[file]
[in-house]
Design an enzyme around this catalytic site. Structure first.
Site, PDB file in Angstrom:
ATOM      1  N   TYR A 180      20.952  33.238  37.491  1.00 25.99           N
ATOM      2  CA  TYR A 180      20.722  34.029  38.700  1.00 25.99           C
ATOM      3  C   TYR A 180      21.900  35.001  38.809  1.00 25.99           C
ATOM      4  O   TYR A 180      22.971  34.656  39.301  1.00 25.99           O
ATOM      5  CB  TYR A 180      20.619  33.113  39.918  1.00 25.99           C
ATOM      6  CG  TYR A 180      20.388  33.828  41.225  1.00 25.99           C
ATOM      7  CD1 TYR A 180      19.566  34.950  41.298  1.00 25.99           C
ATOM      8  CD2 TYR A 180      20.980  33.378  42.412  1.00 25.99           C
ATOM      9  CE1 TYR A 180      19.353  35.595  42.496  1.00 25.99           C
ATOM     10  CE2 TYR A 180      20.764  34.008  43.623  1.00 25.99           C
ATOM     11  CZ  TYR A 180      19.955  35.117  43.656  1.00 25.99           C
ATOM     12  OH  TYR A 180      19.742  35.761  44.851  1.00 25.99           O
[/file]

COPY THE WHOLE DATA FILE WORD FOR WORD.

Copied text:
[in-house]
Design an enzyme around this catalytic site. Structure first.
Site, PDB file in Angstrom:
ATOM      1  N   TYR A 180      20.952  33.238  37.491  1.00 25.99           N
ATOM      2  CA  TYR A 180      20.722  34.029  38.700  1.00 25.99           C
ATOM      3  C   TYR A 180      21.900  35.001  38.809  1.00 25.99           C
ATOM      4  O   TYR A 180      22.971  34.656  39.301  1.00 25.99           O
ATOM      5  CB  TYR A 180      20.619  33.113  39.918  1.00 25.99           C
ATOM      6  CG  TYR A 180      20.388  33.828  41.225  1.00 25.99           C
ATOM      7  CD1 TYR A 180      19.566  34.950  41.298  1.00 25.99           C
ATOM      8  CD2 TYR A 180      20.980  33.378  42.412  1.00 25.99           C
ATOM      9  CE1 TYR A 180      19.353  35.595  42.496  1.00 25.99           C
ATOM     10  CE2 TYR A 180      20.764  34.008  43.623  1.00 25.99           C
ATOM     11  CZ  TYR A 180      19.955  35.117  43.656  1.00 25.99           C
ATOM     12  OH  TYR A 180      19.742  35.761  44.851  1.00 25.99           O